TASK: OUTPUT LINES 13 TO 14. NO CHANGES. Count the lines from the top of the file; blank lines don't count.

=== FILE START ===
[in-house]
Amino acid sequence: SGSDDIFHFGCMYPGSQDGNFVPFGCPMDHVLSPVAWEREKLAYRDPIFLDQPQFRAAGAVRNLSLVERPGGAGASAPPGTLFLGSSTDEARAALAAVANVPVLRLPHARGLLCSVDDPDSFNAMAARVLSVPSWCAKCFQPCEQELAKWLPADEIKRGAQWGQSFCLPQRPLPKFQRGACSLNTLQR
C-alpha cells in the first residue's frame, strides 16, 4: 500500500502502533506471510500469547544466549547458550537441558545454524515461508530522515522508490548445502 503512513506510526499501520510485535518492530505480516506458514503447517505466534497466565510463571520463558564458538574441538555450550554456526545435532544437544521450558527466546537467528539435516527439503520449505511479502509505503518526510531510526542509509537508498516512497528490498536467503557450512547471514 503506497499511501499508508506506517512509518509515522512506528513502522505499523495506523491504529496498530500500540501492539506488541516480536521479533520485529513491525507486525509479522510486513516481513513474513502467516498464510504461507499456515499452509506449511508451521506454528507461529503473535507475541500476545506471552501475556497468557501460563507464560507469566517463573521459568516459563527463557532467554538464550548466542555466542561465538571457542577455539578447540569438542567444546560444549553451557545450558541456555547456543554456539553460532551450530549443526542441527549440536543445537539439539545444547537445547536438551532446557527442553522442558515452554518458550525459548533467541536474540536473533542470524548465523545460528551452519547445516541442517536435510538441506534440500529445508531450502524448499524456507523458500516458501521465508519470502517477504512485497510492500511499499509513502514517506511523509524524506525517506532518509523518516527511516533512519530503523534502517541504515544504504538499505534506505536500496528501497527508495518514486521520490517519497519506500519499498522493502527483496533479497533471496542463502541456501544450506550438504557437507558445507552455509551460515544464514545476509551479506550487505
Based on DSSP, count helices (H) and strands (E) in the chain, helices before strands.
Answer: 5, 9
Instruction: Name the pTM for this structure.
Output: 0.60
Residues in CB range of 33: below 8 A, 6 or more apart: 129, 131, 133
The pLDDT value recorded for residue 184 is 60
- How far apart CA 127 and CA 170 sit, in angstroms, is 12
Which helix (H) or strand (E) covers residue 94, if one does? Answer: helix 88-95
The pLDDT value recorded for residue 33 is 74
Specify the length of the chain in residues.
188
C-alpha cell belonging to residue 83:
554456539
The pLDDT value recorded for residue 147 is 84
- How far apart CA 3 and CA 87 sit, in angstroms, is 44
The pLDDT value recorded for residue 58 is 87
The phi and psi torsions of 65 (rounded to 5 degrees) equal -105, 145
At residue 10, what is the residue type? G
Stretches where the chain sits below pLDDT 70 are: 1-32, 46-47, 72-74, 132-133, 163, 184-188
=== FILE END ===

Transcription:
Specify the length of the chain in residues.
188